Tech blog

Internet, the next phase 

Cisco, commonly described as the Plumber of the Internet, recently released a report on the growth of data traffic from mobile devices such as laptops, smart phones and tablets.

Key conclusion: The mobile network Internet is growing the way ‘fixed network’ Internet did 10 years ago. If you are in any industry that is likely to feel the impact of mobile internet, the list may include businesses as disparate as media, medicine, transport and retail, be prepared for the coming mobile disruption.   

This year the mobile data traffic is expected to double for the fourth year in a row. It is projected to grow to 10.8 exabytes per month by 2016, an 18-fold increase over 2011.  Forty per cent of this traffic will come from Asia-pacific, 22 per cent from West Europe and 19 per cent from North America.

The evolving mix of devices is a key factor in boosting mobile data traffic. At present laptops and netbooks generate a disproportionate amount of traffic. But by 2016 smartphones accounting for 48 per cent of traffic will lead. Laptops and netbooks traffic will dip to 24 per cent, while tablets and non-smartphones will account for 5.7 per cent of the traffic. Newer device categories such as tablets and machine-to-machine (M2M) nodes will accelerate by 2016.

Not all devices will be equal. The variance in data consumed by different devices will create a new kind of digital divide. A single smartphone can generate as much traffic as 35 basic-feature phones, while traffic from one tablet will equal 121 basic-feature phones.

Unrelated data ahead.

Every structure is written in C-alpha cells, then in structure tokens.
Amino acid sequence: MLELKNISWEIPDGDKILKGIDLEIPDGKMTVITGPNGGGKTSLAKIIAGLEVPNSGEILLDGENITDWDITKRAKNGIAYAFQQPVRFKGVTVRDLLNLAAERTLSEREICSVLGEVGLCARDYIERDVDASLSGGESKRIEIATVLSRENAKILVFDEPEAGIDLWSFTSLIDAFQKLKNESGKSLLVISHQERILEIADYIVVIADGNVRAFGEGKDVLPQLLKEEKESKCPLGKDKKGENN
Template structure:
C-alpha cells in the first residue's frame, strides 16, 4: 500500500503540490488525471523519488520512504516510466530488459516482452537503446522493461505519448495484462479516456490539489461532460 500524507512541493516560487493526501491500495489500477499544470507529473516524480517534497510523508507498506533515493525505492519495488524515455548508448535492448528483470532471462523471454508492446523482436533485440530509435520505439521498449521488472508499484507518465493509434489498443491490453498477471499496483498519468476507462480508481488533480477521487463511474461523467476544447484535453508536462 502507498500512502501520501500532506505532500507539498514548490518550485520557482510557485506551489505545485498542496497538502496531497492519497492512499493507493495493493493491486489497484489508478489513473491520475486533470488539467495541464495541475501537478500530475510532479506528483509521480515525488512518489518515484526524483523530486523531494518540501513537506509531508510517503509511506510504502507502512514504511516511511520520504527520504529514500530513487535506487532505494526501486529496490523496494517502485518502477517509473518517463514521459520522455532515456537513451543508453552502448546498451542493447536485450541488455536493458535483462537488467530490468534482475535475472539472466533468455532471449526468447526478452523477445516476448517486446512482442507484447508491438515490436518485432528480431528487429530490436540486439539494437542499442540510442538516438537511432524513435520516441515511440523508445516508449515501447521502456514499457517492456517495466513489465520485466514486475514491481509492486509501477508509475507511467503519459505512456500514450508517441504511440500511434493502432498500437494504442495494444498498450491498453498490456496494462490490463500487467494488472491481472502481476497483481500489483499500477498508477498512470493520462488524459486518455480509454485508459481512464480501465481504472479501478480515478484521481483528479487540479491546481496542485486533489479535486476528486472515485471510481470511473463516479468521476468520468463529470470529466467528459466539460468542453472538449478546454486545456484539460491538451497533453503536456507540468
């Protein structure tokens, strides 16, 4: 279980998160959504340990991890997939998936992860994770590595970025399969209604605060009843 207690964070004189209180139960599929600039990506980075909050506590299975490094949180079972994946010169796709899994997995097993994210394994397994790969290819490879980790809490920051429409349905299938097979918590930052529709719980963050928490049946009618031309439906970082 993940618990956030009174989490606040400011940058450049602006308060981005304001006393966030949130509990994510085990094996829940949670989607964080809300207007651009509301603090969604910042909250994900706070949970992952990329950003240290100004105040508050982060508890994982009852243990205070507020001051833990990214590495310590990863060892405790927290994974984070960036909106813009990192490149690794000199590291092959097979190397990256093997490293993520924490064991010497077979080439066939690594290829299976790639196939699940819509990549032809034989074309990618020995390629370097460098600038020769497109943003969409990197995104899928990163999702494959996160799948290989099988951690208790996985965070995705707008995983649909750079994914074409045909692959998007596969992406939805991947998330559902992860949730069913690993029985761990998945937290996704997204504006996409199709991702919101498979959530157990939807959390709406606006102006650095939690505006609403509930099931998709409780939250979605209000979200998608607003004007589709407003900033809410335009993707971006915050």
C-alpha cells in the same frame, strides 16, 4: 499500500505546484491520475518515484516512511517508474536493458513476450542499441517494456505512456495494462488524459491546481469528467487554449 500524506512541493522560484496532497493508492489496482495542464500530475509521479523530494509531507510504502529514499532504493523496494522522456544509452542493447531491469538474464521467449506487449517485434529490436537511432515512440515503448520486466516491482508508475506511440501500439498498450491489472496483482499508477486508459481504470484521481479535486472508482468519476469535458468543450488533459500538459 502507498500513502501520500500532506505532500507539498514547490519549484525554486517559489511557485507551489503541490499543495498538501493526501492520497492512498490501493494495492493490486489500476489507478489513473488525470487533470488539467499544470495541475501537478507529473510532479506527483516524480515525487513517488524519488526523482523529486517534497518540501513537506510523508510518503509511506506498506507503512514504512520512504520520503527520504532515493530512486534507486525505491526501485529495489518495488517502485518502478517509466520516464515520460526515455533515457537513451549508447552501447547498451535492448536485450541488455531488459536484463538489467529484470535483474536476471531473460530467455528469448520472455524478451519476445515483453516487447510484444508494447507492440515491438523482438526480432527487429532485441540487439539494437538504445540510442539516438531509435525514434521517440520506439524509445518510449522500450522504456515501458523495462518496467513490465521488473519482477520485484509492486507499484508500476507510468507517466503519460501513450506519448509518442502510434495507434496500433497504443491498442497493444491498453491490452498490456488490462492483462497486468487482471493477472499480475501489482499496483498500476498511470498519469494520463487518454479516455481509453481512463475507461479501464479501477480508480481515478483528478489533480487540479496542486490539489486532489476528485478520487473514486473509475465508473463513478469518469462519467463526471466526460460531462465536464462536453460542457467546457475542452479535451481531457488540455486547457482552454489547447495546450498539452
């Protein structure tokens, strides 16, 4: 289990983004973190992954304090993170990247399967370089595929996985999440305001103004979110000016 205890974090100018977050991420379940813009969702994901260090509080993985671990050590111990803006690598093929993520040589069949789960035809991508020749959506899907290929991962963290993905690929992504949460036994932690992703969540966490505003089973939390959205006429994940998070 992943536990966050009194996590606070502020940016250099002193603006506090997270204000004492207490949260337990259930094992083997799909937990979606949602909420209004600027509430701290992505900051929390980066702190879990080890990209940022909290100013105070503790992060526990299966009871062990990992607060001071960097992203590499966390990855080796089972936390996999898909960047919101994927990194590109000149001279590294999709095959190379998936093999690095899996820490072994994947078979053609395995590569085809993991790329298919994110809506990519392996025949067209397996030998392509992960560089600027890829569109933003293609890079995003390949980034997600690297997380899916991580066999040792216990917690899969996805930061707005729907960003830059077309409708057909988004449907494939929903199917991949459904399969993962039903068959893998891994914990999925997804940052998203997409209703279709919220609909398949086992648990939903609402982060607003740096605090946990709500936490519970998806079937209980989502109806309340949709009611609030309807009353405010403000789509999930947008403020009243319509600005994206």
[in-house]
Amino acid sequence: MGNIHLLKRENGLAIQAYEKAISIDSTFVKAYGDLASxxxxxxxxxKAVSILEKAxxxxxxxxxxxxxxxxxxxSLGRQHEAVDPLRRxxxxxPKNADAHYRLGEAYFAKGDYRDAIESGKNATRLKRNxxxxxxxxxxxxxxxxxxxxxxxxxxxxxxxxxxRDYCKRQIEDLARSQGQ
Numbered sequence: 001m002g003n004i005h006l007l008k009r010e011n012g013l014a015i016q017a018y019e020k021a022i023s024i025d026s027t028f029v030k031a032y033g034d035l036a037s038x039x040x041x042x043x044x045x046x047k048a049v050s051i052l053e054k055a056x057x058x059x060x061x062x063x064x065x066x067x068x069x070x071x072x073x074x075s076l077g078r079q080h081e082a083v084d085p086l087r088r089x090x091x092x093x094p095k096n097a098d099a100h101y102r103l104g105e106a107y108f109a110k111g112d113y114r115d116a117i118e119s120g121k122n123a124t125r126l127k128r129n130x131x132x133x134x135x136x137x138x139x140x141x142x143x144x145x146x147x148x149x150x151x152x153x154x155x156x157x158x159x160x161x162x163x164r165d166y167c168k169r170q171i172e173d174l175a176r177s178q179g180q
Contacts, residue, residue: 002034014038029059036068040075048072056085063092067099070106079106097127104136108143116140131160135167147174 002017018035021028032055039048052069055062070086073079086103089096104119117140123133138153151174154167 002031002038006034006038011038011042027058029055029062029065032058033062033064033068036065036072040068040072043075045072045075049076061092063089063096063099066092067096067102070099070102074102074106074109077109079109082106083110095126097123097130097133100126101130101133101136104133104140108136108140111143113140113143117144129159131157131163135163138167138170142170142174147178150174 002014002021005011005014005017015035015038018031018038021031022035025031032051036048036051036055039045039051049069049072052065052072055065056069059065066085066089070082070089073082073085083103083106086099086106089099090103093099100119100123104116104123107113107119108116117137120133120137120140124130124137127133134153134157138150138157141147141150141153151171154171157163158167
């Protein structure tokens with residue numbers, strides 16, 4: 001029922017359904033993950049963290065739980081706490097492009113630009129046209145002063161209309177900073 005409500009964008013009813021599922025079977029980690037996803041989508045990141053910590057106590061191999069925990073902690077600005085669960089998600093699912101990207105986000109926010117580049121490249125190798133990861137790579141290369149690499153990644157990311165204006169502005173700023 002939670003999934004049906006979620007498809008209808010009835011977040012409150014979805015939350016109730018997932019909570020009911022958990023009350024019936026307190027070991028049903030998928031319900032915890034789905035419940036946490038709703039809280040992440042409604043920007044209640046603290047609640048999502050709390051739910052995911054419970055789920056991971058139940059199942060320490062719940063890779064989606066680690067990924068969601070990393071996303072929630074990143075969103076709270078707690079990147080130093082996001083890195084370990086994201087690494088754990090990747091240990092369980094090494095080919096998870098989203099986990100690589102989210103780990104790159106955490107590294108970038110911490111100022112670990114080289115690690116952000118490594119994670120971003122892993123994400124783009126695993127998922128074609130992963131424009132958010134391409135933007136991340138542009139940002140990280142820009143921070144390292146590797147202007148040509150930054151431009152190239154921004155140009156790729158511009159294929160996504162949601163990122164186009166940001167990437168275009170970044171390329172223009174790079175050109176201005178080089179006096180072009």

The long-term prospects of different devices also will vary. Smartphone and tablet users will not only grow faster than laptops but also account for significantly higher share of traffic in future. While tablet users may proliferate rapidly, data consumption by smart phones likely to be higher.

Videos will be the killer application of the mobile Internet, which will account for 70 per cent of mobile data traffic by 2016. Rest of the traffic will come from web/data (20 per cent) and other applications such as gaming, file sharing and M2M. Surprisingly, mobile VOIP will account for just 0.3 of traffic.

The average mobile network connection speed in 2011 was 315 kbps globally. The average speed will grow at 56 per cent to exceed 2.9 Mbps in 2016. Smartphone speeds will quadruple by 2016, reaching 5.2 Mbps.

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